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Report: Human Body Not Prepared For Life In Outer Space

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File photo of an astronaut. (Photo by NASA via Getty Images)

Following the first successful touchdown on a comet by the European Space Agency’s Philae probe, a NASA director expressed his own excitement by declaring it a big step toward “moving off this planet” and “taking” the entire solar system. (Photo by NASA via Getty Images)

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KENNEDY SPACE CENTER, Fla. (CBS Tampa) – Recently, a not-for-profit organization known as Mars One released the list of 1,058 applicants who could be selected for colonization on Mars.

Over 200,000 applications were said to have been received by the organization, which aims to “establish human life on Martian soil.”

“We’re extremely appreciative and impressed with the sheer number of people who submitted their applications,” Mars One co-founder Bas Lansdorp was quoted as saying in a press release. “However, the challenge with 200,000 applicants is separating those who we feel are physically and mentally adept to become human ambassadors on Mars from those who are obviously taking the mission much less seriously.”

Those in the former category may want to read a new report regarding the effects of outer space on the human body, however, which states that being in outer space could cause long-term health problems.

The report, which was first published in the New York Times, cites multiple negative effects of outer space on the human body, including the swelling that occurs in the human head – due in part to the fact that humans did not evolve outside of the Earth’s atmosphere.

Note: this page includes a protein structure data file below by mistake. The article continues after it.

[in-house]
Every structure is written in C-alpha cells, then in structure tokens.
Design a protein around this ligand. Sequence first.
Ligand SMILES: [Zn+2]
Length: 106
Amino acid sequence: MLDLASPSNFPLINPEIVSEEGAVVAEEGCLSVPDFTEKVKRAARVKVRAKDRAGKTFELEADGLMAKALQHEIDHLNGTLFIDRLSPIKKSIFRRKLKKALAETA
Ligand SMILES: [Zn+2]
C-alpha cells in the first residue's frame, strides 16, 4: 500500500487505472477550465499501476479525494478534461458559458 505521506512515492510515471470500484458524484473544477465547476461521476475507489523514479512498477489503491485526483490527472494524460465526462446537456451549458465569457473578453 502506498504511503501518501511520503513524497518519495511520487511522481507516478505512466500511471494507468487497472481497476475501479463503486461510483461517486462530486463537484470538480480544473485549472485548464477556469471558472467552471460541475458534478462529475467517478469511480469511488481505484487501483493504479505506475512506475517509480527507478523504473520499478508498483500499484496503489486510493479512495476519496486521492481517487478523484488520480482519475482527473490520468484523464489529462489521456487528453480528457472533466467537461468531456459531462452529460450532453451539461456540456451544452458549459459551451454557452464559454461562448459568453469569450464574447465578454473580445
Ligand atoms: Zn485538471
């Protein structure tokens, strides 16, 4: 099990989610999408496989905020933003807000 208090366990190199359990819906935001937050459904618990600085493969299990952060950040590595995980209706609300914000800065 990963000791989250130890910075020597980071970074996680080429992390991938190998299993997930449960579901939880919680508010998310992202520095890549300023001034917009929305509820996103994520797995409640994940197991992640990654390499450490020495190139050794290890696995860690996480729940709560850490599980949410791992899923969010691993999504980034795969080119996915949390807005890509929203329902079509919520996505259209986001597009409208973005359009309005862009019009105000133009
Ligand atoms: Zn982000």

“Your head actually feels bloated,” Mark E. Kelly, a retired NASA astronaut who flew in space four times, was quoted as saying. “It kind of feels like you would feel if you hung upside down for a couple of minutes.”

Brittle bones, insomnia, loss of appetite and radiation poisoning – which could lead to cancer – were all cited in the report as health complications suffered by former astronauts or that could plague future recruits.

The lack of gravity is also said to negatively affect the body’s neurovestibular system, leaving astronauts with a weakened ability to, literally, determine which way is up. Dizziness is also an issue, according to those who have endured it.

“If you tilt your head a little left or right… it feels like you’re going end over end,” Kelly noted to the Times.

Mars One will eliminate all but four candidates – who will be sent to live on Mars for the remainder of their lives – through a series of tests and training exercises that will determine who among them would be best suited for the mission.

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